c)i emerged from a very practical need – finding performers for works when Kyle and I were students at Penn. What emerged was a collective of composers and players interested in pushing the limits of performance, but also engaging with music’s deep questions of historicality and ontology. I was studying with Anna Weesner through this, and c)i ended up playing some of her music a few times, specifically Light and Stone. As is much of Anna’s music, it’s quite coloristic and mimetic in the best sense; diverse musical patterns mirroring the branching paths of nature. This performance is from a 2008 concert exploring these ideas called root, branch, crystal, at our second home, Tenri Cultural Institute.
I love this painting by Seurat, in we see the worker, as he comes between the light and the stone, making shadows between the light and the stone. Just work that happens to lead to beauty.
This week we’re sharing a piece from c)i’s first CD, Group Theory, a disc that featured two long-time members Steve Beck and Sumi Kudo. That’s actually the crew that played my first Piano Quartet on my ‘Some Consequences…’ CD for 2018. I just saw King Crimson at Radio City last month, so I’m very temped to call that c)i III (which would mean we’re at c)i V now (welcome, once again Dan and Caleb!).
But c)i’s relationship to the piece is much older than that. We were playing it within a few years of our formation, and it was one of the pieces that made us commit to the instrumentation of string trio, clarinet, and piano, and some echoes of the piece are definitely present in my Quintet l’homme armé, my first piece for that power quintet. The instrumental colors are, as always with Sciarrino, perfect in all ways;- intricate but also quite simple in many ways, and the feu d’artifice, as showy as they might seem in the moment, are impeccably balanced to amplify the impact of the form. This is always a piece that is a tight 9, but always feels to me to be 20 minutes or more, like I’ve been pulled out of the timeline and put back in not quite in the right place. Quintet l’homme armé plays a similar game of balance, and has a similar utilization of pianissimo- Centauro Marino punctuates its own zero-point matrix with sharp, inelastic collisions, while my quintet finds crosses the skein of pulse and density into a quietistic isorhythm, a reflection on the surpassing enthalpy of certain strategies of music making.
Quietism is the right word for the Sciarrino, despite the (irregular) interruptions. We performed that as the last piece on one of my favorite show from that classic c)i III period. We were in the vast cavernous space of the old Washington Square Church, all dust and must and holy resonance. I remember walking out into the night, some autumn evening in Manhattan, in the subtle brûit of a less tidy, constructed by less rebuilt Manhattan, and thought about how that churn had sanctified our little show, puzzled people, spiders listening at least as much to the vibrations of their was as to the who, and church-mice living their church-mice lives. We walked out into the evening and as we walked down the steps to the sidewalk, Kyle turned to me and said “Quiet. It’s the new loud.”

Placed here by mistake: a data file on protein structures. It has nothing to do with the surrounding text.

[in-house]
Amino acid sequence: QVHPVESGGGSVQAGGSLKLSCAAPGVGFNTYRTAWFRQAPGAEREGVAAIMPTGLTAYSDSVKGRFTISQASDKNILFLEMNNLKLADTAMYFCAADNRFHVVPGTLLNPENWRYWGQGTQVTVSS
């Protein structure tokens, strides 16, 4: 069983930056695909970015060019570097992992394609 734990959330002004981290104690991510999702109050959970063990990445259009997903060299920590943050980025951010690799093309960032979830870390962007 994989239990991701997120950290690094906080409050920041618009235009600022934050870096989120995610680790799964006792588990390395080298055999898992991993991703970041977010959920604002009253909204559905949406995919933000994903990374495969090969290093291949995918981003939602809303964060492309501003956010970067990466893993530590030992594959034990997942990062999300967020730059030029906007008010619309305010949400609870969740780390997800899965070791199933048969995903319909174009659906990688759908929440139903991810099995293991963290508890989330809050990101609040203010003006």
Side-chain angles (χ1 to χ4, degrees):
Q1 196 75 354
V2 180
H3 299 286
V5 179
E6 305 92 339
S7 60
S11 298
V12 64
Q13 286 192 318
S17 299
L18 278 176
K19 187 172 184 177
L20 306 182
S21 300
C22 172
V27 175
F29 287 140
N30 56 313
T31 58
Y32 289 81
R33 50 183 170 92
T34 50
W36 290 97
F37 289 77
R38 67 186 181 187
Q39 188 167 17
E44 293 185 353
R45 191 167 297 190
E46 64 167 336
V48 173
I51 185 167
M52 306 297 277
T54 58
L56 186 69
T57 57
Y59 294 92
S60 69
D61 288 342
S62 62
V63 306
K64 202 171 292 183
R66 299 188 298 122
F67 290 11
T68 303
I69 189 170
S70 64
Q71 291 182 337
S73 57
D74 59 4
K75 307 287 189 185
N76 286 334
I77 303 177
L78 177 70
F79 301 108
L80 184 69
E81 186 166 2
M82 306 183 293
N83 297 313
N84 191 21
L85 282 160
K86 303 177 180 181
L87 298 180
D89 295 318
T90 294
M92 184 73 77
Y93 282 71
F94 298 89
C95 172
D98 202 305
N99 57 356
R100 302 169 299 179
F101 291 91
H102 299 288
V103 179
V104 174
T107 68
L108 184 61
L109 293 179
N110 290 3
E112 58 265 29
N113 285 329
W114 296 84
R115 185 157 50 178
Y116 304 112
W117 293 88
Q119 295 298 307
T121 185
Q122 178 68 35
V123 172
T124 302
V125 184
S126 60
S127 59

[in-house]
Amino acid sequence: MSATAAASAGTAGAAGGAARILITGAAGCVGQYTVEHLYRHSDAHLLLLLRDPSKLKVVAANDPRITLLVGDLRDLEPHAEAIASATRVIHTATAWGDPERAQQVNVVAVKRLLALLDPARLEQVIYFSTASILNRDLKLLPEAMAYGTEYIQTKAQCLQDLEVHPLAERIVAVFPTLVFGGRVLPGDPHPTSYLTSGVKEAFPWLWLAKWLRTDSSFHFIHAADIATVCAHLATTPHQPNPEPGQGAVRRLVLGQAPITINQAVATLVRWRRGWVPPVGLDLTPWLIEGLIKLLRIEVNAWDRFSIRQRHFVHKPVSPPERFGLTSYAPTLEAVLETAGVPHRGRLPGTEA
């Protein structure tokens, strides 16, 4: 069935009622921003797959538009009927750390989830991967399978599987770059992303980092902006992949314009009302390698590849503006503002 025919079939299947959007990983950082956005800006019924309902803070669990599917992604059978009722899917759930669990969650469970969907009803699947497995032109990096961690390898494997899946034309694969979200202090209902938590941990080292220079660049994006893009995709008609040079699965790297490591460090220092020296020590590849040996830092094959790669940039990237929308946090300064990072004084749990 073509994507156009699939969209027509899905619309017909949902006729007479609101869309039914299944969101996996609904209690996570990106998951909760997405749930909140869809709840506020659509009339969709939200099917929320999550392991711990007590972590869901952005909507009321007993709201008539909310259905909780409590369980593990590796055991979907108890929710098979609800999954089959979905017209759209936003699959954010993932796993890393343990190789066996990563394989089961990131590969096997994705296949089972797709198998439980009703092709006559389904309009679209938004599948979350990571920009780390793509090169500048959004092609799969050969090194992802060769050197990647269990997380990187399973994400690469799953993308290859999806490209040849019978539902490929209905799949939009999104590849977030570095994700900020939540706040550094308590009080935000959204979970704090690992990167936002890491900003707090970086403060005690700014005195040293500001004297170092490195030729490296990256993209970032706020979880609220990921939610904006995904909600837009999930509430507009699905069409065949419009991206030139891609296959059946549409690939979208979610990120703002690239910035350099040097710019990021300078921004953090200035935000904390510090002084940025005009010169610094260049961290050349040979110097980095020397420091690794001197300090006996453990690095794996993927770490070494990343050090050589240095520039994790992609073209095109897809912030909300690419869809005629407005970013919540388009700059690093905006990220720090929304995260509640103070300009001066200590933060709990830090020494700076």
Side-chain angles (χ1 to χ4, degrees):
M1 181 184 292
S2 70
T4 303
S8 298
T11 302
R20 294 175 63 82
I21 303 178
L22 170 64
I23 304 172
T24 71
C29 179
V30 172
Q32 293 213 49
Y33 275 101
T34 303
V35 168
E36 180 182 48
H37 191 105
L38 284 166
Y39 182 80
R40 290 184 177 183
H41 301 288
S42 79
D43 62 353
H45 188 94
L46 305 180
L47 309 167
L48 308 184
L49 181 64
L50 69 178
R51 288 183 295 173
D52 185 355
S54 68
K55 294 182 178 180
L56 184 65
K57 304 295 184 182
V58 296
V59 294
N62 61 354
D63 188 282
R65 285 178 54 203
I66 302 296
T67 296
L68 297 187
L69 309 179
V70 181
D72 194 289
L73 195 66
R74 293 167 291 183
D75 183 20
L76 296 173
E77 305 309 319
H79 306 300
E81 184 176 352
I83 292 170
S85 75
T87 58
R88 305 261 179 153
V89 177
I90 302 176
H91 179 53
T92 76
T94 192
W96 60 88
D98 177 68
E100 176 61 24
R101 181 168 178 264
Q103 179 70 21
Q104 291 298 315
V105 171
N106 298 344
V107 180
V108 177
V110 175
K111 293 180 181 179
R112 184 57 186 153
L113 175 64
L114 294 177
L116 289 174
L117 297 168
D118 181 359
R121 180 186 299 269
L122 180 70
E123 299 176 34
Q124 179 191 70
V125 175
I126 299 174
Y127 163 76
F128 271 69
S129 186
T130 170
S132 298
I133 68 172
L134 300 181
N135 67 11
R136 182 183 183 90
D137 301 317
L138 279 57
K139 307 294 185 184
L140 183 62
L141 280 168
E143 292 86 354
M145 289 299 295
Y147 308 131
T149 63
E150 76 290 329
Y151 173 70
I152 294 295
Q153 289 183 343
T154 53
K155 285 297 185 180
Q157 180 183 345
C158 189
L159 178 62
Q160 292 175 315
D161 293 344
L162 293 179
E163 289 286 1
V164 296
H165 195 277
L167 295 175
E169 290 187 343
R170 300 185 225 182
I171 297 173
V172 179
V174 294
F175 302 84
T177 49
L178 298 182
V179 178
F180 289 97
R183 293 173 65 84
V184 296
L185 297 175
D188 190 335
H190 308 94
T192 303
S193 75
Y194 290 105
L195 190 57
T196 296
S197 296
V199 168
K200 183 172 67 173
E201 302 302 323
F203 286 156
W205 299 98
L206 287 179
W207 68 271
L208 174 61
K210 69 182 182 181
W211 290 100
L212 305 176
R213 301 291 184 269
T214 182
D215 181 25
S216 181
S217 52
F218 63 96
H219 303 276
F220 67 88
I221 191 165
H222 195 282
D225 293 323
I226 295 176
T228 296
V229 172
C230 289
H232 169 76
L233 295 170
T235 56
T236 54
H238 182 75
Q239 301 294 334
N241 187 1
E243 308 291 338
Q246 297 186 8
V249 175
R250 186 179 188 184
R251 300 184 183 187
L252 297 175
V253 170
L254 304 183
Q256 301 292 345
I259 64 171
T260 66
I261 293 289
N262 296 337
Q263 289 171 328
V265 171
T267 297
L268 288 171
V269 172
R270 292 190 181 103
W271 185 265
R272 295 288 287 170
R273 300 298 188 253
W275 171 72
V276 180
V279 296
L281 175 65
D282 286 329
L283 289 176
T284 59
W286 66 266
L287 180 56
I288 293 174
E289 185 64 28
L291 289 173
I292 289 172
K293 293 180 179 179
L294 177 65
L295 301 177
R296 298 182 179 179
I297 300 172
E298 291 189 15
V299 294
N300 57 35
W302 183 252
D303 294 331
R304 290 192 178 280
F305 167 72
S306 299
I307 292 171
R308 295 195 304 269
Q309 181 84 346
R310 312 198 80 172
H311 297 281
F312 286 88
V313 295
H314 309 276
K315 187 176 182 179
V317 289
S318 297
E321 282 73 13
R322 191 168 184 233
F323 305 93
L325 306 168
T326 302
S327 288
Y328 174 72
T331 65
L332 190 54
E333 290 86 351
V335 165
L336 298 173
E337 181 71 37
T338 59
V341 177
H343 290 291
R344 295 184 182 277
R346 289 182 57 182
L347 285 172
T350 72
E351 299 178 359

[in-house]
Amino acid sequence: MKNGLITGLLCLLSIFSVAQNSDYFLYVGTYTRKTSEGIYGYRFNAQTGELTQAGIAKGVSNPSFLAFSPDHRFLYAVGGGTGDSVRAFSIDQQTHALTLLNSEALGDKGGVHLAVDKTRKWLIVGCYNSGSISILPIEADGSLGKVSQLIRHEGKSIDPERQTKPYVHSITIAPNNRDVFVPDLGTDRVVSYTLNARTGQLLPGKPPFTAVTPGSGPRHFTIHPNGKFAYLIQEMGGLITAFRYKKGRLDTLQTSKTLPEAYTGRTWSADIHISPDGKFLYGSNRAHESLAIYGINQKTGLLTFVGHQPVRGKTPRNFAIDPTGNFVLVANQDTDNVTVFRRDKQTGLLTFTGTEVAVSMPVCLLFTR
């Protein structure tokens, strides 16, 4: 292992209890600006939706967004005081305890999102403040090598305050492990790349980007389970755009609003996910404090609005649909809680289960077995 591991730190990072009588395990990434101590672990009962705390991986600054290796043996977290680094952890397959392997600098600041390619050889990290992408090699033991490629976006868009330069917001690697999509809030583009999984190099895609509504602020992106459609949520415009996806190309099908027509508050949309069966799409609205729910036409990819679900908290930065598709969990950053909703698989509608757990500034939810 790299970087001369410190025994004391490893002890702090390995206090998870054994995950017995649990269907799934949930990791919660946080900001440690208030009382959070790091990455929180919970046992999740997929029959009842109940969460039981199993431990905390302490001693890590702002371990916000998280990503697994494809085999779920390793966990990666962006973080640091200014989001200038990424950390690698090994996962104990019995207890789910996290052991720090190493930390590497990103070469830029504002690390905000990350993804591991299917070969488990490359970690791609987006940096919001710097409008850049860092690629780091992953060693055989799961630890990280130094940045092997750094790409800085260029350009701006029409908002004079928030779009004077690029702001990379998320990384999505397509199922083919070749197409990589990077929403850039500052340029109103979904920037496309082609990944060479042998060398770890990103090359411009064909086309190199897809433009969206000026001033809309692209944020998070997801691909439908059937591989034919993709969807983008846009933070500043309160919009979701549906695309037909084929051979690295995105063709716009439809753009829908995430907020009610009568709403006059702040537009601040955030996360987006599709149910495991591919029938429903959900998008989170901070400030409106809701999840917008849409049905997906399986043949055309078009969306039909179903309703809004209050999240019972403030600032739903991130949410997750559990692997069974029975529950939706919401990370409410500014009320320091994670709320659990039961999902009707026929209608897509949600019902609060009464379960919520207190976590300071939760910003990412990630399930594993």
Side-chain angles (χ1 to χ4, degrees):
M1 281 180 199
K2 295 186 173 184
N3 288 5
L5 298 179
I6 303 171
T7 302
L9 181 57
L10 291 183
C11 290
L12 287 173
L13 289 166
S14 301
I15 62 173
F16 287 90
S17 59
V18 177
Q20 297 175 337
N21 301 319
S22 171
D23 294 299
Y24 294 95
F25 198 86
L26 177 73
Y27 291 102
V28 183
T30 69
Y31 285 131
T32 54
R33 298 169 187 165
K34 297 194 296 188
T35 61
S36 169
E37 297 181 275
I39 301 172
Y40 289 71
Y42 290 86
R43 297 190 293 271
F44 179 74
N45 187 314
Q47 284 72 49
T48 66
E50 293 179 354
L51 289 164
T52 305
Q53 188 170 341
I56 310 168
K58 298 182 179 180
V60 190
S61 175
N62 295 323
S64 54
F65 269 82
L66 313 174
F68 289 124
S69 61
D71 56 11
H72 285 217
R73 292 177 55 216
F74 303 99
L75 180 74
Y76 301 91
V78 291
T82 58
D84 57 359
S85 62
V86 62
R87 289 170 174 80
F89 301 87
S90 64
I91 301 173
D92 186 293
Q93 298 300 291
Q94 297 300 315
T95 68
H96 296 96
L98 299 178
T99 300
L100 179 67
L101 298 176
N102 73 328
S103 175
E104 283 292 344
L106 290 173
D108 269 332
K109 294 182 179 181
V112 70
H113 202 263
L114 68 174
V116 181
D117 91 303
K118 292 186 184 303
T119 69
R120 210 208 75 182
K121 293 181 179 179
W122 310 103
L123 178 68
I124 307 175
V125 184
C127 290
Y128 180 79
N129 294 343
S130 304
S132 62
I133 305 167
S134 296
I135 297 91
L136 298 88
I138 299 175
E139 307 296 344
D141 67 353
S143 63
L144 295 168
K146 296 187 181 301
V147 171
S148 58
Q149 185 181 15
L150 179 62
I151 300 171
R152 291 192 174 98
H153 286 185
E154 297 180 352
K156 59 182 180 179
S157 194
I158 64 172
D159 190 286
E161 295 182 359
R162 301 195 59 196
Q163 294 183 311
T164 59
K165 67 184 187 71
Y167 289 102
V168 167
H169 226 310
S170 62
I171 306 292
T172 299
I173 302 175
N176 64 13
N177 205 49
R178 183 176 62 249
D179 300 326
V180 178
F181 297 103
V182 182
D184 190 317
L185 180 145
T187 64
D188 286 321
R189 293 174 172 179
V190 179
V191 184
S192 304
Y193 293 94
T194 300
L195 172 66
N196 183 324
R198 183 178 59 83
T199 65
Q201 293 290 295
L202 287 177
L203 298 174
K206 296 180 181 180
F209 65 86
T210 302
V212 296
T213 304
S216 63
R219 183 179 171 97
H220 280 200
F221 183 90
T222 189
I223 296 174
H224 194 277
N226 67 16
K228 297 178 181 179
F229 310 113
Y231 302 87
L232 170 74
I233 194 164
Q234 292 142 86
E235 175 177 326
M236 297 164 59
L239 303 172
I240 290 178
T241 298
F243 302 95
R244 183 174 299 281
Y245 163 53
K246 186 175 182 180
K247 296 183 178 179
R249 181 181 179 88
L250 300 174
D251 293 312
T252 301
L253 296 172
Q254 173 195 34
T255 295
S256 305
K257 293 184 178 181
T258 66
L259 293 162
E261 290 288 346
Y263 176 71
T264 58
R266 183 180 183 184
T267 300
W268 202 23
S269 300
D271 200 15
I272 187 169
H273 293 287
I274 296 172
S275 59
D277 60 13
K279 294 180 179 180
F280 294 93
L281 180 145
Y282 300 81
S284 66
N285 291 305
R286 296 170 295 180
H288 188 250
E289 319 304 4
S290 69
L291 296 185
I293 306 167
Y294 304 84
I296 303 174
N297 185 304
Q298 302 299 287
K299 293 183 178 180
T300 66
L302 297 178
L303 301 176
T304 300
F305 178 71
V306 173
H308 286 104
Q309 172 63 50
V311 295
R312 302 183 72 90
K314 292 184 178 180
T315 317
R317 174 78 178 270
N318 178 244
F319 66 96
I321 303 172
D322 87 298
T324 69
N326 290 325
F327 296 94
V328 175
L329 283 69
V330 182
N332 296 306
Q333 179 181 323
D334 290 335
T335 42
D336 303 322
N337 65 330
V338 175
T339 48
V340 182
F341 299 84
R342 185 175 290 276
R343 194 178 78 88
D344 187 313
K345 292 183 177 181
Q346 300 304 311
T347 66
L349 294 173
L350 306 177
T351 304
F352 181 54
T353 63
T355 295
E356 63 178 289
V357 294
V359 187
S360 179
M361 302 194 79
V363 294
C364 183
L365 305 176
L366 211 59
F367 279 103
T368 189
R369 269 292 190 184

c)i will be performing the trio version of the suite from Stravinsky’s A Soldier’s Tale on Sunday, and so I’ve been thinking a bit about the piece (and his music more generally). Music is always an abstraction, due to its temporality– it is through memory that form and rhythm and harmony are experience, as associations between present and past (and future) events. And (some of) Stravinsky’s music (some of it) gets tagged as being cold or bloodless. But always at the same time it is about the body, it is in the body, savagely and unavoidably.
c)i is excited to be performing a work by Alan Theisen for the first time – he’s on faculty at Mars Hill College near Asheville, North Carolina. Some of you may know that I am on a long sabbatical, and I’m living down in NC; I got to know his music as started getting to know musicians in this corner of the world. (Ah, soundcloud, my late night friend.) When I heard Ondes et Ombres it struck me as a good fit for the 3x2x2x3 show that we were developing, both immanently as a piece and as a trio that would stand as one of the bookends of the program, contrasting Stravinsky’s masterful The Soldier’s Tale. (Apologies for the linkage, Alan; I went through a few years with c)i where I kept ending up on programs immediately after Crumb or Bartok, and so I was officially the hack-composer on the show…)
As I hinted at in the previous post, our programs this year have a factorial element: 3×2, 2×3; 2×2, 2×4, 1×5; and 1×1, 3×4, 1×5. The repertoire, the staging, the all sorts are organized around these refracting relations and in doing so makes us notice the other, subtler elements of this calculus of performance, the performers. What it is to be Ning playing with Miranda, or Miranda with Ning? What’s Hecuba to him, or he to Hecuba? Quite a bit, I think.
We could say that playing-together is a special category of being-together. Ben performs. But in performing Ben is also Benjamin-clarinetist. And in that being, he participates in the community that is clarinet-being. Add to other players and a bunch of composers (living or passed) and things get rather more complicated– clarinet being has a relationship to Stravinsky, as does Benjamin-the-clarinetist, as does Ben. There are always a lot of ways to be together, manners of enmeshment made kaleidoscopically beautiful through the ritual of performance.Continue reading “Playing together”→